Zyxel is a popular brand for firewalls that are marketed towards small and medium businesses. Their Unified Security Gateway (USG) product line is often used as a firewall or VPN gateway. As a lot of us are working from home, VPN-capable devices have been quite selling well lately.
When doing some research (rooting) on my Zyxel USG40, I was surprised to find a user account 'zyfwp' with a password hash in the latest firmware version (4.60 patch 0). The plaintext password was visible in one of the binaries on the system. I was even more surprised that this account seemed to work on both the SSH and web interface.
$ ssh [email protected] Password: Pr*******Xp Router> show users current No: 1 Name: zyfwp Type: admin (...) Router>
The user is not visible in the interface and its password cannot be changed. I checked the previous firmware version (4.39) and although the user was present, it did not have a password. It seemed the vulnerability had been introduced in the latest firmware version. Even though older versions do not have this vulnerability, they do have others (such as this buffer overflow) so you should still update.
As SSL VPN on these devices operates on the same port as the web interface, a lot of users have exposed port 443 of these devices to the internet. Using publicly available data from Project Sonar, I was able to identify about 3.000 Zyxel USG/ATP/VPN devices in the Netherlands. Globally, more than 100.000 devices have exposed their web interface to the internet.
As the zyfwp user has admin privileges, this is a serious vulnerability. An attacker could completely compromise the confidentiality, integrity and availability of the device. Someone could for example change firewall settings to allow or block certain traffic. They could also intercept traffic or create VPN accounts to gain access to the network behind the device. Combined with a vulnerability like Zerologon this could be devastating to small and medium businesses.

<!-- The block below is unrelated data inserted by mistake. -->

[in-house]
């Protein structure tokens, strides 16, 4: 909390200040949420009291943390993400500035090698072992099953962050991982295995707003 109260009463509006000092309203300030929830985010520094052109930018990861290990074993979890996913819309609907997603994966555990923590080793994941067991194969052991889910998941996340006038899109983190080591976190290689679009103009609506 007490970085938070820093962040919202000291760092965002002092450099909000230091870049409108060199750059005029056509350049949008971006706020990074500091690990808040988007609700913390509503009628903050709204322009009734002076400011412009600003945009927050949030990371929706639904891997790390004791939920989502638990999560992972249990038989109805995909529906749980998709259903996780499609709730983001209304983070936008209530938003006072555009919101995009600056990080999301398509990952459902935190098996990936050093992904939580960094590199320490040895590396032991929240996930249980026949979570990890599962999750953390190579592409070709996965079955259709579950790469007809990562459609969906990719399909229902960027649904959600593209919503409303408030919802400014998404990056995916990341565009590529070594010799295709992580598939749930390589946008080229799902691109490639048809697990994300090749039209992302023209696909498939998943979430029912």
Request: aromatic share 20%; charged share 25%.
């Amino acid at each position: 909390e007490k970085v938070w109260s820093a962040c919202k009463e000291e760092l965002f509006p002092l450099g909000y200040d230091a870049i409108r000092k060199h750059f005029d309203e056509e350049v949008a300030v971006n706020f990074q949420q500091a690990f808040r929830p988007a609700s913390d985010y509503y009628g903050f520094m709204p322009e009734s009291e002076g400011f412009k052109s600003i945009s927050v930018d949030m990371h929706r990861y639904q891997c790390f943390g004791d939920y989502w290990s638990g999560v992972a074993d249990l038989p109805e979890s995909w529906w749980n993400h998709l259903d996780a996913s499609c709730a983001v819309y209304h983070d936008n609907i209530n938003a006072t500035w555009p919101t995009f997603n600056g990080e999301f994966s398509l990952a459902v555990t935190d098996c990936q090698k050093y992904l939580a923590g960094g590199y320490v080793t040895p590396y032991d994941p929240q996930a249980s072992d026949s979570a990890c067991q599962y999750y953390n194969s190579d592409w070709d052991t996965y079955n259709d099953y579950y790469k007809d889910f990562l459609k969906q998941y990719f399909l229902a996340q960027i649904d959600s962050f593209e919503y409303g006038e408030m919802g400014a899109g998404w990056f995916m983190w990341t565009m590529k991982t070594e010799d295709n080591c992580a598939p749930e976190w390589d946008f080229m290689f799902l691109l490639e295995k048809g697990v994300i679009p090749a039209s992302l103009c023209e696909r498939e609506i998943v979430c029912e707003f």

Because of the seriousness of the vulnerability and it being so easy to exploit, we have decided not to release the password for this account at this time. We do expect others to find and release it, which is why we suggest you install the updated firmware as soon as possible.
I quickly sent out a mail to Zyxel to report the undocumented user account. According to Zyxel, the account was designed to deliver automatic firmware updates for access points via FTP. They released a fixed firmware version less than two weeks later. You can find the release notes for the USG40 here.
This is the entry in the release notes that describes this vulnerability:
[BUG FIX][CVE-2020-29583] a. Vulnerability fix for undocumented user account.
We would like to thank the Zyxel Security Team for their quick response and patch.
2020-11-29: EYE reports vulnerability to Zyxel security
2020-11-30: Zyxel acknowledges receipt
2020-12-02: Zyxel requests more information about how the vulnerability was discovered
2020-12-03: EYE sends more details
2020-12-08: Zyxel releases beta firmware 4.60-WK48 and removes the vulnerable firmware version from their site
2020-12-15: Zyxel releases firmware 4.60 patch 1 for most devices
2020-12-18: Zyxel releases firmware 4.60 patch 1 for all remaining devices
2020-12-23: Zyxel publishes advisory